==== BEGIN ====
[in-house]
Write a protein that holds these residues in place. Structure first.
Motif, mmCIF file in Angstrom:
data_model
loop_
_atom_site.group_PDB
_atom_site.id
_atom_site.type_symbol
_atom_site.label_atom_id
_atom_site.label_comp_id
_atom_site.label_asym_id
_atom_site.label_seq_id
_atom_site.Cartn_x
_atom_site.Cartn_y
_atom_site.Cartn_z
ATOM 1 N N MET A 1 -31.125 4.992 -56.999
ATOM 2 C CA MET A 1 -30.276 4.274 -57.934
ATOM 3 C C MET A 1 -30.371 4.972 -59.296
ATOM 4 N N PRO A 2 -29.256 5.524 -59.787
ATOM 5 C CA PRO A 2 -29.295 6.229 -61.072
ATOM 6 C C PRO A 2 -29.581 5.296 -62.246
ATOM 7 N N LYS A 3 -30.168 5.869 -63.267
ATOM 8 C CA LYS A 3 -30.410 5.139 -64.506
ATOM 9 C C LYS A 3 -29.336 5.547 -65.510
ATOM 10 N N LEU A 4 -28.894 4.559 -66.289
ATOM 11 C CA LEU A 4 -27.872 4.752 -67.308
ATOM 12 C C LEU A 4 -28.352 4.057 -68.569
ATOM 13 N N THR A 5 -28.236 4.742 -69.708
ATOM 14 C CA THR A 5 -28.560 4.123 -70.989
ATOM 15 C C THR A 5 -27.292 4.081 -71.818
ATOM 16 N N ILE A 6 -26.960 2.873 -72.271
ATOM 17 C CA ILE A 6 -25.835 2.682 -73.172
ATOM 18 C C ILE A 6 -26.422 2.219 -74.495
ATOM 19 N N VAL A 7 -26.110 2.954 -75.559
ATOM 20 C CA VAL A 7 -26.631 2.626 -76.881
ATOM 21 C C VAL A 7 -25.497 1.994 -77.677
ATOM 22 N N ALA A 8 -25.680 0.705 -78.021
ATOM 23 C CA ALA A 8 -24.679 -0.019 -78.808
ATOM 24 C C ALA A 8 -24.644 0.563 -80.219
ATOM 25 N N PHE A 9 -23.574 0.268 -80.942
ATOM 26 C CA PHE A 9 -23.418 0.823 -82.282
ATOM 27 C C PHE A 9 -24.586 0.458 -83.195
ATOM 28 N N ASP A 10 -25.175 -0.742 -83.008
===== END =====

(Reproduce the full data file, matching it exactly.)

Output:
[in-house]
Write a protein that holds these residues in place. Structure first.
Motif, mmCIF file in Angstrom:
data_model
loop_
_atom_site.group_PDB
_atom_site.id
_atom_site.type_symbol
_atom_site.label_atom_id
_atom_site.label_comp_id
_atom_site.label_asym_id
_atom_site.label_seq_id
_atom_site.Cartn_x
_atom_site.Cartn_y
_atom_site.Cartn_z
ATOM 1 N N MET A 1 -31.125 4.992 -56.999
ATOM 2 C CA MET A 1 -30.276 4.274 -57.934
ATOM 3 C C MET A 1 -30.371 4.972 -59.296
ATOM 4 N N PRO A 2 -29.256 5.524 -59.787
ATOM 5 C CA PRO A 2 -29.295 6.229 -61.072
ATOM 6 C C PRO A 2 -29.581 5.296 -62.246
ATOM 7 N N LYS A 3 -30.168 5.869 -63.267
ATOM 8 C CA LYS A 3 -30.410 5.139 -64.506
ATOM 9 C C LYS A 3 -29.336 5.547 -65.510
ATOM 10 N N LEU A 4 -28.894 4.559 -66.289
ATOM 11 C CA LEU A 4 -27.872 4.752 -67.308
ATOM 12 C C LEU A 4 -28.352 4.057 -68.569
ATOM 13 N N THR A 5 -28.236 4.742 -69.708
ATOM 14 C CA THR A 5 -28.560 4.123 -70.989
ATOM 15 C C THR A 5 -27.292 4.081 -71.818
ATOM 16 N N ILE A 6 -26.960 2.873 -72.271
ATOM 17 C CA ILE A 6 -25.835 2.682 -73.172
ATOM 18 C C ILE A 6 -26.422 2.219 -74.495
ATOM 19 N N VAL A 7 -26.110 2.954 -75.559
ATOM 20 C CA VAL A 7 -26.631 2.626 -76.881
ATOM 21 C C VAL A 7 -25.497 1.994 -77.677
ATOM 22 N N ALA A 8 -25.680 0.705 -78.021
ATOM 23 C CA ALA A 8 -24.679 -0.019 -78.808
ATOM 24 C C ALA A 8 -24.644 0.563 -80.219
ATOM 25 N N PHE A 9 -23.574 0.268 -80.942
ATOM 26 C CA PHE A 9 -23.418 0.823 -82.282
ATOM 27 C C PHE A 9 -24.586 0.458 -83.195
ATOM 28 N N ASP A 10 -25.175 -0.742 -83.008